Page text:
From the western suburb of Katy to downtown, I-10 is known as the Katy Freeway in Houston. This section was widened in 2008 to as many as 26 total lanes, counting the six lanes of the access road, which are not limited-access and therefore not technically part of the freeway itself but are directly adjacent.
Between the West Beltway and the West Loop, the minimum lane count is 22 total lanes. In this section, the width is 24 lanes at multiple locations and up to 26 lanes east of Gessner Road (12 main lanes, eight lanes of access roads, and six mid-freeway HOT/HOV lanes). From the Fort Bend county line to I-610, there is a minimum of four main lanes in each direction.
The maximum number of undivided lanes at any point on the freeway is nine in the eastbound direction approaching Antoine Drive (though this includes one exit-only lane); this is one of the widest sections of undivided highway in a single direction in the world. The widest right-of-way, 556 ft (169 m), occurs at the Katy Freeway’s intersection with Bunker Hill; at that point, the expansion plans called for six main lanes plus two toll lanes in each direction along with 10 lanes on the feeder/frontage roads. The actual striping after construction delineates 29 lanes, including all 26 of the planned lanes plus an additional lane in each direction to enter or exit the toll lanes and one more turn lane on the eastbound feeder road.
Between I-610 and I-45 west of downtown, the interstate contains at least five main lanes in each direction. Before 2008, this section had traditionally been the widest section of I-10 in the Houston area and the only one with a significant portion below grade. A project completed in 2014 added one extra auxiliary lane in each direction between Shepherd Drive and Taylor Street. In addition, the eastbound feeder road that ends at Studemont was extended to Taylor Street. As I-10 travels through downtown, it junctions with I-45 and I-69/US 59. Both interchanges feature left exits, allowing several lane shifts for through traffic. I-10 provides access to Minute Maid Park, home of the Houston Astros, and also runs through the campus of the University of Houston–Downtown.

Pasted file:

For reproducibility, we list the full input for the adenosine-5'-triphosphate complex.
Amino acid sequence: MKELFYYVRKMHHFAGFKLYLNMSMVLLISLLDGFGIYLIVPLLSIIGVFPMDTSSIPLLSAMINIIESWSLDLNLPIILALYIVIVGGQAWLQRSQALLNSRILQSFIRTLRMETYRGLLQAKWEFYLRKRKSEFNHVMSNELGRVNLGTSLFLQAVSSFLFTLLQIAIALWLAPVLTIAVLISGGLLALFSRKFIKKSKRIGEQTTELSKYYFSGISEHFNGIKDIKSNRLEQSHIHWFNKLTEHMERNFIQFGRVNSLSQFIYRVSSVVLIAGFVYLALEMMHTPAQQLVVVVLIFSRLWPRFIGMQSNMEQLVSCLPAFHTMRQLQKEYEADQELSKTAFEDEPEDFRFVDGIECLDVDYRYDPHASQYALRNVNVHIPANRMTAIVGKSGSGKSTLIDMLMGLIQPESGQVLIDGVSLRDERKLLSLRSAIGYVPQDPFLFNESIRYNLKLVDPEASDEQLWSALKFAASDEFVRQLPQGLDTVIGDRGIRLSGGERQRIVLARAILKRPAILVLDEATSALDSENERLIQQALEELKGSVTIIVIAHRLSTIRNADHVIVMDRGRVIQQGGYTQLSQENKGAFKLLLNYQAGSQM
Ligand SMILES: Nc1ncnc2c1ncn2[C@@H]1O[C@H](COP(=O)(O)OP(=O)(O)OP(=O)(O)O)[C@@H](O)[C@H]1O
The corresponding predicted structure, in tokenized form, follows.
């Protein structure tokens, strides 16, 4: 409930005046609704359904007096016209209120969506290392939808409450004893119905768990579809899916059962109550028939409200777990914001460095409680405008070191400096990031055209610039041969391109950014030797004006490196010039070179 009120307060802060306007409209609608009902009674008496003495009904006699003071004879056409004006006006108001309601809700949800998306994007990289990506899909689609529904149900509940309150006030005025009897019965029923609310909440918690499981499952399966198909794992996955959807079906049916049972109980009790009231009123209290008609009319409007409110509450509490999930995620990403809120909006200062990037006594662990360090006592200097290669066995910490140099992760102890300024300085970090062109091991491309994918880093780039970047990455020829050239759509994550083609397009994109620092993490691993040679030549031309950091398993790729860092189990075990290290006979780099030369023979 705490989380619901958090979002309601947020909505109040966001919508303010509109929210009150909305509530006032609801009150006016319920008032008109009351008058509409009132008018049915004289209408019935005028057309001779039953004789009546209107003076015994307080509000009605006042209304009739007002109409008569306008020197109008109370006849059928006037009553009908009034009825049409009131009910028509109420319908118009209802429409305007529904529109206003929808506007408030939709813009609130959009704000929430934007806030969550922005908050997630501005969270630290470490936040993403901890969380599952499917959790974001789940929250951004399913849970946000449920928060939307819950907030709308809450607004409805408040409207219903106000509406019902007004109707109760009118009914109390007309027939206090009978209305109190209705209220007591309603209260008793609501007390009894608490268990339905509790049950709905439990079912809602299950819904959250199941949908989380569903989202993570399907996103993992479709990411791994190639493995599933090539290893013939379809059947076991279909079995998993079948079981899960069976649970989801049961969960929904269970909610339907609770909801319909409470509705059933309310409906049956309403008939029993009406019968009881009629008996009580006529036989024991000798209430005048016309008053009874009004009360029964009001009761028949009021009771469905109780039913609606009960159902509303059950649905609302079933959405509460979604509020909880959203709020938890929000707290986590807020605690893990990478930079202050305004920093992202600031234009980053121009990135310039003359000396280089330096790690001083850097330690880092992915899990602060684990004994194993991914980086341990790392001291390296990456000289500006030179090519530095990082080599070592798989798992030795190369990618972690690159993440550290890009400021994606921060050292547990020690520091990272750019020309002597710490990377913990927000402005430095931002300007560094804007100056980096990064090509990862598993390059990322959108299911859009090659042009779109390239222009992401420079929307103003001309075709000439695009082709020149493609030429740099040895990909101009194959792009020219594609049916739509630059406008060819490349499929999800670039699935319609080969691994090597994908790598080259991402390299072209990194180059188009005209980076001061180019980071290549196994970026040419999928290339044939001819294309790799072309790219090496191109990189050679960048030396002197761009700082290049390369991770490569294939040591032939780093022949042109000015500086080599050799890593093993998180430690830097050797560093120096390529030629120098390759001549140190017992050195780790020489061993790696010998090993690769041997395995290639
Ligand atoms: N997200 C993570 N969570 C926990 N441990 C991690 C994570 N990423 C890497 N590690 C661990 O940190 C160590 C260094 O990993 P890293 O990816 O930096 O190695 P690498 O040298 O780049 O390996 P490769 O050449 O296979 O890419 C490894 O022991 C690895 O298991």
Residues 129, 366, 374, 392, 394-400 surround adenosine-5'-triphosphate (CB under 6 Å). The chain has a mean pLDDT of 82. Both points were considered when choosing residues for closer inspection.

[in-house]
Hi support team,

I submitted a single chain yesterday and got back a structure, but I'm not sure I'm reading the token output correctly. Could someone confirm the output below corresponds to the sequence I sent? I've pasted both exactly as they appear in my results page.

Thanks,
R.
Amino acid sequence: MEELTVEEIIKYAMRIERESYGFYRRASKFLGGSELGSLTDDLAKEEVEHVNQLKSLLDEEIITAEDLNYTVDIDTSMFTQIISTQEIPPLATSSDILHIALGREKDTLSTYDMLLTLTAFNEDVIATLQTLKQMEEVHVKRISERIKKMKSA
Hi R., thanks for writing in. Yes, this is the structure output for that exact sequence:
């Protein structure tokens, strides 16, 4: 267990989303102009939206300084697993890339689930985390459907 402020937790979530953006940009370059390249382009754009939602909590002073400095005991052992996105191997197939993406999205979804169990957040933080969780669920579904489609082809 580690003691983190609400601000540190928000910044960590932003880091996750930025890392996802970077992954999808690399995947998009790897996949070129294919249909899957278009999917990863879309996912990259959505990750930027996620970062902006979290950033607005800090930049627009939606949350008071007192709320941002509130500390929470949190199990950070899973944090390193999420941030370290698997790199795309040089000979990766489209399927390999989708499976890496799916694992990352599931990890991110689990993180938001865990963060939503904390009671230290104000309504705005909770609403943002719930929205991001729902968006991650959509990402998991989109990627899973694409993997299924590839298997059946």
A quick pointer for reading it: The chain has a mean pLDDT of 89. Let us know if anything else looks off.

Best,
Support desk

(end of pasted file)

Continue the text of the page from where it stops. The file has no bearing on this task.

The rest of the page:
I-10 is the busiest freeway in San Antonio with nearly 200,000 vehicles on an average day. When constructed during the 1960s, the I-10 Katy from Houston, known as the Katy Freeway, was built with six to eight lanes wide barring side lanes, being modest by Houston standards because existing traffic demand to the farming area of West Houston was relatively low. As the population and economic activity increased in the area vehicular traffic increased, numbers of the lanes were increased gradually.